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Saturday, July 26

8 posts in this topic

A preview of Ballet Manila's nineteenth season.

The company then brings back Swan Lake on November 14, 15 and 16, with Maxim Chaschegorov and Katherina Markowskaj of the Bavarian State Ballet as guest artists. In this gripping tale, Prince Siegfried falls in love with a bewitched princess, Odette, who turns into a swan by day. The prince pledges eternal fidelity to her but mistakenly proposes to another woman, Odile, when evil sorcerer Rothbart casts a spell.

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A review of Carlos Acosta's Cubanía by Kate Kellaway in The Observer.

The story (Acosta's in reverse) is of a ballet dancer who goes to Havana where he finds himself a figure of fun because he can't dance African style or breakdance with the best of them. When he poses in front of a street crowd – Danza Contemporánea de Cuba in fighting-fit form – and strikes a classical dancer's opening pose, they fall about laughing. Acosta enjoys sending up the ballet, bringing out the amusing incongruity of a sober figure in a straw hat gesturing gracefully at his suitcase. Varona is his gyrating rival with a Havana (what else?) cigar in mouth. And the piece's intention is that, tutored by the irresistible Corveas, Acosta will prove there is nothing he cannot do, there will be a rejoicing in multilingual dance. But in practice, this tired narrative needs theatrical – not merely balletic – flair to make it work. What it does succeed in is stimulating speculation about Acosta's take on the pull between his homes – for this is choreographed nostalgia.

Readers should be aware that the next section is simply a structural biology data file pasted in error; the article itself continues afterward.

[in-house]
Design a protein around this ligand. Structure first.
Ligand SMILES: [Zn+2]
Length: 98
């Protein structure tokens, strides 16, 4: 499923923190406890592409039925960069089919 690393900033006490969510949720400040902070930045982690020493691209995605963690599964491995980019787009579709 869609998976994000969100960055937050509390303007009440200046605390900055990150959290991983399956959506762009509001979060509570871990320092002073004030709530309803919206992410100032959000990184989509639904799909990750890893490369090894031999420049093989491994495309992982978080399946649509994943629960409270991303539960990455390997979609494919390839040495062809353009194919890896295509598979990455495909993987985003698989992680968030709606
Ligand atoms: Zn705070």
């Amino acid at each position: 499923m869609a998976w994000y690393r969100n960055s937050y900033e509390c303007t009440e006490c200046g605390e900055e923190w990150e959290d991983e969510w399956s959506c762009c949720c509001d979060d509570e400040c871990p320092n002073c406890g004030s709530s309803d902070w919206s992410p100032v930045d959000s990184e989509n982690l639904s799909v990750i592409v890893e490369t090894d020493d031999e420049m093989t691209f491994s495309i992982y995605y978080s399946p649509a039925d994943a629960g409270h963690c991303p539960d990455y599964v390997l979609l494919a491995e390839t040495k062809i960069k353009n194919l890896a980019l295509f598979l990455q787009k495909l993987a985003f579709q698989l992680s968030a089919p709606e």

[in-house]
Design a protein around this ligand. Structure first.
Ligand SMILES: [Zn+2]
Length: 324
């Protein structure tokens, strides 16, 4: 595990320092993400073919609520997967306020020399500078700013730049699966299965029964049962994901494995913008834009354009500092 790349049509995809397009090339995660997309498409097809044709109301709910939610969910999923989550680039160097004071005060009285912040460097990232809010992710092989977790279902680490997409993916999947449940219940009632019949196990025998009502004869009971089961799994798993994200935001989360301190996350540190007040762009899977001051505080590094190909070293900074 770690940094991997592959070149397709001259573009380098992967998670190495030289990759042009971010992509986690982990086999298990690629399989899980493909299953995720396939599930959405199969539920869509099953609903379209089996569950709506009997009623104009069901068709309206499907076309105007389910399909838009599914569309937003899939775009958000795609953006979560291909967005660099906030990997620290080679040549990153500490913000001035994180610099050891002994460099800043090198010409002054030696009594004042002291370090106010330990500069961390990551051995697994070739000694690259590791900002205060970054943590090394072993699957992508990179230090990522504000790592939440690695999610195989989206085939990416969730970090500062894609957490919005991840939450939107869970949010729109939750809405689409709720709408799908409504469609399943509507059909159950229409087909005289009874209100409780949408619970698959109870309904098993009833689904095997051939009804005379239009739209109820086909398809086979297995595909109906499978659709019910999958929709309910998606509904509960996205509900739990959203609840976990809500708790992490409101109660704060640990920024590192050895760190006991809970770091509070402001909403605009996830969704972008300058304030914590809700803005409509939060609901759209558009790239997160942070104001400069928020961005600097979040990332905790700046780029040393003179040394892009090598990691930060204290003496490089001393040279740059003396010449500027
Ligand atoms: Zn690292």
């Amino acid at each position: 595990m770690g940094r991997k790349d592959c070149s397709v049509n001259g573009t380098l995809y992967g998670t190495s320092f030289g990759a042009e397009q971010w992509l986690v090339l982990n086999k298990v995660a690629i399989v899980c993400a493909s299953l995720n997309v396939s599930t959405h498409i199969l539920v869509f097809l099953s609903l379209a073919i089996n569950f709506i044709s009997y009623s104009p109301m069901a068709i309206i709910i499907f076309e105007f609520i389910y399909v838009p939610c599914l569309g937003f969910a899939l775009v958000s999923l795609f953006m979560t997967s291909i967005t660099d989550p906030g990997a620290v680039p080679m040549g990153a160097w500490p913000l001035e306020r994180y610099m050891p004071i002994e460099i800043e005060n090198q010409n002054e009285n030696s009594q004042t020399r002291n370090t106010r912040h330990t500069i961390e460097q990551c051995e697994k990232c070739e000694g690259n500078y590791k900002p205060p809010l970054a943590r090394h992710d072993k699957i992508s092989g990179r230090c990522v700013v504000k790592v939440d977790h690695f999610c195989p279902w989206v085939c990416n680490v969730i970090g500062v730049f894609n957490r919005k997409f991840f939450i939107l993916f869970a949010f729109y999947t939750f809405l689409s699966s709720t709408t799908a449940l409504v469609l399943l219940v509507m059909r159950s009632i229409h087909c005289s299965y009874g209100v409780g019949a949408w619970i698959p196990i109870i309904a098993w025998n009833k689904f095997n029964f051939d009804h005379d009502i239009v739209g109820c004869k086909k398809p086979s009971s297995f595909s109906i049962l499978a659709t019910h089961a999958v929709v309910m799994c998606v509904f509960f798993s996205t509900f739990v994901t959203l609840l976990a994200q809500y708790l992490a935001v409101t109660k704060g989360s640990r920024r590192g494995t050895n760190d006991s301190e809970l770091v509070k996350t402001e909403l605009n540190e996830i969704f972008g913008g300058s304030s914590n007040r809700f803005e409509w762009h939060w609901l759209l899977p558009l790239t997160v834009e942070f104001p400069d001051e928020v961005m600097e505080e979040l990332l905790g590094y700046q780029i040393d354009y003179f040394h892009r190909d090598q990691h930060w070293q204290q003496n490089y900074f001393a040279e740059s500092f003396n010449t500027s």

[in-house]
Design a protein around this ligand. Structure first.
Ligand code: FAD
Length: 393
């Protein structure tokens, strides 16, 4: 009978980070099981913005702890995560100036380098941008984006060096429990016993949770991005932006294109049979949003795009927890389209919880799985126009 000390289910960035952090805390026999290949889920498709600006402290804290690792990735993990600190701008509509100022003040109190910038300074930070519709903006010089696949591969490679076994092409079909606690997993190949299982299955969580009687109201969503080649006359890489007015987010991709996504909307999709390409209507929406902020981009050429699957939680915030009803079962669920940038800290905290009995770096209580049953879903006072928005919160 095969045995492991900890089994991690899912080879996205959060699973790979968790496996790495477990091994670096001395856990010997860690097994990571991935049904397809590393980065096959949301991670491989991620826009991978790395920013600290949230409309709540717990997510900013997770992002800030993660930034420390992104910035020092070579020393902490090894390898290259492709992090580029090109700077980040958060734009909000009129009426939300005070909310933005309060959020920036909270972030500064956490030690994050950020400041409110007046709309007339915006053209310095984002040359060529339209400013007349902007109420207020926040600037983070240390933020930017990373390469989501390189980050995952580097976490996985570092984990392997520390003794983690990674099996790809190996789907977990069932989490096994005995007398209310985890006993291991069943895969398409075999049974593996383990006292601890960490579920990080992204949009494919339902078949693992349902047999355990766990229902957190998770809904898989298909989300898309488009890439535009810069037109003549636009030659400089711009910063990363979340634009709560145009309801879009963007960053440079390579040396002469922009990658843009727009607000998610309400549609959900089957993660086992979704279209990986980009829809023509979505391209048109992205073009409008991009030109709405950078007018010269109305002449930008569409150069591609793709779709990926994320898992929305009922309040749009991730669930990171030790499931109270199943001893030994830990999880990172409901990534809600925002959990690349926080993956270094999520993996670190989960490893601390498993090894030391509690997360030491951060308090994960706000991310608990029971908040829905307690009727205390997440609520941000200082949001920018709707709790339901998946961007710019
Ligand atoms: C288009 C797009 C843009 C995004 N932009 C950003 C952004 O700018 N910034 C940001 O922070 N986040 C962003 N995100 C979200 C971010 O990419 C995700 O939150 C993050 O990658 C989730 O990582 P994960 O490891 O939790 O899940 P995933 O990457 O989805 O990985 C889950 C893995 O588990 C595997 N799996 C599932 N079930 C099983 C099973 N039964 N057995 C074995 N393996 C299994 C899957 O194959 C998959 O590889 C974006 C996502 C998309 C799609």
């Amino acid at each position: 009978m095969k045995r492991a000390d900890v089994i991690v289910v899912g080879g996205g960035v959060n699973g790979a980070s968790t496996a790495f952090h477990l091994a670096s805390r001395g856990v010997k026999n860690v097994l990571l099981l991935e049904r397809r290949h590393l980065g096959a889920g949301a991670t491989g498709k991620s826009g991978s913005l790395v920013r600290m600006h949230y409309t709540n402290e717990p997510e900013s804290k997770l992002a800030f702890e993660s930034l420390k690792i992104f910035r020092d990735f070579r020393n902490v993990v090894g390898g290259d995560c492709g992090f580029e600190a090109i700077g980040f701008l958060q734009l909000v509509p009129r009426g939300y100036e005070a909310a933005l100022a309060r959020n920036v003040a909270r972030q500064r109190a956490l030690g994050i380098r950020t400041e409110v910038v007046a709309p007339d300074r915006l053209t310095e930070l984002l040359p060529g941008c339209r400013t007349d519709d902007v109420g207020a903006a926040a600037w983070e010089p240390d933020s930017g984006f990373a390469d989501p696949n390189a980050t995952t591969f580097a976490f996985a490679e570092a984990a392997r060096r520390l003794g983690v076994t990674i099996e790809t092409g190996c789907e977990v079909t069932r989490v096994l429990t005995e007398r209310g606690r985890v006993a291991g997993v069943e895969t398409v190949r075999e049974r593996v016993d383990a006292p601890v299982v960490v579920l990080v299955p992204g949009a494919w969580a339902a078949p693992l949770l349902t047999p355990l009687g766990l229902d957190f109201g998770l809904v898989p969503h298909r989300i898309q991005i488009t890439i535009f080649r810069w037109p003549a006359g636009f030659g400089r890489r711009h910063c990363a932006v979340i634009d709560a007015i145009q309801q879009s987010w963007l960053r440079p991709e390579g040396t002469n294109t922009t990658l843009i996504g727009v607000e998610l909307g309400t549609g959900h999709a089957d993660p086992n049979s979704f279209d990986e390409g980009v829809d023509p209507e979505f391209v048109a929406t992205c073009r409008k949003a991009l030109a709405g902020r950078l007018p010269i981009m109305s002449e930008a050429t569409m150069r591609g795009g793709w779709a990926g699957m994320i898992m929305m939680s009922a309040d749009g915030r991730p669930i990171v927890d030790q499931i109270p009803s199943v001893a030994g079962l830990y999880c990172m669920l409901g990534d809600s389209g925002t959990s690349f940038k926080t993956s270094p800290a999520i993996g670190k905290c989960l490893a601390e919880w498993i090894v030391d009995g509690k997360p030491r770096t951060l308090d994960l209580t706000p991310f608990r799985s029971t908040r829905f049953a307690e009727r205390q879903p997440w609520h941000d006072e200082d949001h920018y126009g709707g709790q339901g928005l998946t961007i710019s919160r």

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The National Ballet of China visits Cuba.

Cuban ballet is known for its passionate and free-flowing style. Here in Havana, it's 35 degrees Celsius, but the dancers are braving the heat without air conditioners. Chinese and Cuban dancers are undergoing a rigorous rehearsal under the supervision of China's troupe leader Feng Ying, and 94-year-old Cuban Ballet legend Alicia Alonso. During past visits to China, Alonso has met with Mao Tse Dong and Zhou Enlai.

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An interview with Abigail Boyle.

"Your centre of gravity is totally different for ballet versus contemporary," she says. "In ballet everything is up, in contemporary you are grounded down. I have a fight with my body for about 10 minutes every time. But once you have it, it's there."

Boyle will dance in Daniel Belton's Satellites, Larry Keigwin's Megalopolis and has been learning the principal role in Balanchine's Allegro Brillante.

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An interview with Ethan Stiefel by Bernadette Rae in The New Zealand Herald.

Stiefel's departure after just three years is a disappointment. It was obvious from the start that the position here was a golden opportunity and stepping stone for an ambitious dancer looking to the next stage in his professional life.